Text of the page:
I was familiar with the Novus Ordo in Latin before attending a Tridentine Mass, this is probably an unusual situation but makes it easier to orient oneself. The Novus Ordo should definitely be celebrated more in Latin.

  15. Centristian says:

    I notice that the brief explanation of the so-called “Prayers Ordered By the Pope” (or as I would rather call them, “Prayers Suppressed By the Pope”) to be recited after Low Mass indicates that Pius XI asked that the Leonine Prayers be said for the “conversion of Russia”…an enduring myth. I’m a little amused, too, by the reference to the British Monarch as “The Sovereign of England”. Is this Missal pre-Jacobean?

    There is something about the use of drawings of a priest celebrating Mass that seems a smidge childish and I’ve never cared for missals so illustrated; I’m also not wild about the notes in the margins which are sentimental, at times, and which seem to attempt to impose the editor’s spiritual insights upon the user of the missal, for example (at the Offerimus tibi):

    “The Priest bows down profoundly, overcome with confusion before his own weakness and the greatness of the sacrifice he is about to offer.”

    It’s as though it were a matter of fact and rubrics that the priest, at this point, becomes “overcome with confusion”. But that’s just one example of many similar notes in the margins. I prefer a missal that simply tells me what the celebrant and the other ministers are reading or chanting or doing (the black and the red), not one that fictionalizes what the celebrant is feeling at any given moment, or which tells the worshipper what he should be experiencing, interiorly, every step of the way. That’s annoying.

    Those criticisms notwithstanding (and I bear in mind that these booklets are designed primarily for Extraordinary Form neophytes), the booklet is handsomely printed, using both black and red ink, in an attractive font and layout. The English translation is suitably high and dignified, without being archaic. Those who don’t mind being told what to think or to experience interiorly may actually appreciate the marginal commentaries, and those who do mind will have no problem ignoring them because they’re unobtrusive.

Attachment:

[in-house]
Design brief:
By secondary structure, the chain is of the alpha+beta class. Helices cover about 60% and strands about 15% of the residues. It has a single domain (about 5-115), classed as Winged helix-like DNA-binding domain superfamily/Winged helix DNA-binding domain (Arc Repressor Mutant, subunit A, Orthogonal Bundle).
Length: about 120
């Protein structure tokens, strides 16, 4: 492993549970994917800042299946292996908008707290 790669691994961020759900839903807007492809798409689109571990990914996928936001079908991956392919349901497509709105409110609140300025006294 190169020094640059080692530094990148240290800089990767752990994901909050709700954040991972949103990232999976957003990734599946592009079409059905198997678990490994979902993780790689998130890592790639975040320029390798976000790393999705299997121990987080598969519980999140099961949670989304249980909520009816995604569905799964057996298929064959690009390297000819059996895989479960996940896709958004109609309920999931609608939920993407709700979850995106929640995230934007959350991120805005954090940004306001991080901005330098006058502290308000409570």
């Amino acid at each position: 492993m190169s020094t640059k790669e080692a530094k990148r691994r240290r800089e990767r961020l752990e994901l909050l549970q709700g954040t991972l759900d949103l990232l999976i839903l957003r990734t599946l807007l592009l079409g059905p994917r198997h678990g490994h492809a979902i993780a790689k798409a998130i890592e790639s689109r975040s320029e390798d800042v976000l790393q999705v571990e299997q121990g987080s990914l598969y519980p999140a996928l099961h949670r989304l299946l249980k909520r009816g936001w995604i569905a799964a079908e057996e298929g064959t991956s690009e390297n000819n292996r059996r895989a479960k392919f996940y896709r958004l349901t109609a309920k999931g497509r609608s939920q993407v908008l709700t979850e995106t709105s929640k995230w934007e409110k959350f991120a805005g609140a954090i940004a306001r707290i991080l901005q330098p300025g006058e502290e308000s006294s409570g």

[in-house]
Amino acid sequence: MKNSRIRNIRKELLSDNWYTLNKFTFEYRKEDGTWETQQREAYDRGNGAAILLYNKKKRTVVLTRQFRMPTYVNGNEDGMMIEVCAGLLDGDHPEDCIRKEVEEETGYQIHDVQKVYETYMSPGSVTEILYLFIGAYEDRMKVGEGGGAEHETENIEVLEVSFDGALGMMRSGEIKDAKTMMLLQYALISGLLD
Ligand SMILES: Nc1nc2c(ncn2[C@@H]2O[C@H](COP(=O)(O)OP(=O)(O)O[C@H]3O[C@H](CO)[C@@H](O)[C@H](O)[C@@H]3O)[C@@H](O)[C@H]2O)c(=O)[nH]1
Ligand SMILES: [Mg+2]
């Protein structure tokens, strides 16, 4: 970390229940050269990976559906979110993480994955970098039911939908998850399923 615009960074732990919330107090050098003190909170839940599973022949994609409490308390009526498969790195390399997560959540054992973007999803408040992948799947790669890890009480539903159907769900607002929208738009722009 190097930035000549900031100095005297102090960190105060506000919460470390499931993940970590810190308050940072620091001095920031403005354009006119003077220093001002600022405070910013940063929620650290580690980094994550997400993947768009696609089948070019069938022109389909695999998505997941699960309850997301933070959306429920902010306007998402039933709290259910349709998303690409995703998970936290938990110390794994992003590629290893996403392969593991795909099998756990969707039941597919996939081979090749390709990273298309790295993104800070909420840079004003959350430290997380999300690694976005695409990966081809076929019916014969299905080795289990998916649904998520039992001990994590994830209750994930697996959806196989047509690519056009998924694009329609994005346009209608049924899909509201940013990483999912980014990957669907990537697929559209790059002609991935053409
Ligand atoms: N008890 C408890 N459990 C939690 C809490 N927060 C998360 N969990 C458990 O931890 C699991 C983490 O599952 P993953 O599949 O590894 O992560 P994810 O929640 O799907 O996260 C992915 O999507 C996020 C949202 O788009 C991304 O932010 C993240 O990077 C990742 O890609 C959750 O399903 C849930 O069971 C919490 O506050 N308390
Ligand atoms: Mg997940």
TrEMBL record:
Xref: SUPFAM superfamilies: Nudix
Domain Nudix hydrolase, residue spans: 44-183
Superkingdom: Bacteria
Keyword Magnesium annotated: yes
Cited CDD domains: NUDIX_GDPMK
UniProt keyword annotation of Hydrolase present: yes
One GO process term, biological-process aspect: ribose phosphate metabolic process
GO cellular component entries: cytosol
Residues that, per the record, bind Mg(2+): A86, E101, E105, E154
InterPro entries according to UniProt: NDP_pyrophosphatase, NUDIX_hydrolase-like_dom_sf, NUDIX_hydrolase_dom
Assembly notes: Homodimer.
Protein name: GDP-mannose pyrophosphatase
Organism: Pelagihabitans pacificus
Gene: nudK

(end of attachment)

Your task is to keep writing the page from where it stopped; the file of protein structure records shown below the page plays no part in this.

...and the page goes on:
I’m glad that there is prominently printed in the beginning of this missalette a quote from Pope St. Pius X encouraging Catholics to pray the Mass, and to “follow with eye, heart, and mouth all that happens at the altar,” a quote standing in stark contrast to the opinions of some who imagine that it is just as well to pray their rosary or a novena or any other private devotion during Mass.

    Purchasers should be aware that the Angelus Press is the publishing arm of the Society of St. Pius X in the United States, and to buy their products means to financially support the SSPX and its activities. That having been said, I have no great qualms about buying from them, and I have found that their customer service reps are always very friendly and very helpful.

  16. Elizabeth D says:

    AvantiBev, I oppose a return to seal-harming missal manufacture. :-) It has an interesting Biblical connection though since the Book of Numbers says the sacred Tent with the Tabernacle was to be covered in sealskin, by order from God. The American Seal Leather of this missal is disintegrating so I am confused why the Lord would order it as roofing.

    “You dolphins and all water creatures, bless the Lord” (Canticle of the Three Young Men, from Daniel)

  17. dcs says:

    There is one area in which I think the Angelus booklet is inferior to that put out by the Coalition in Support of Ecclesia Dei — it lacks the prayers before Mass such as the Prayer of St. Ambrose and the Prayer of St. Thomas Aquinas that one might use to prepare for Holy Mass and the reception of Holy Communion. (These are also generally found in handmissals as well.) In most or all other respects the Angelus Press booklet is superior, but when I go to Mass and don’t have a handmissal with me I reach for the red booklet first.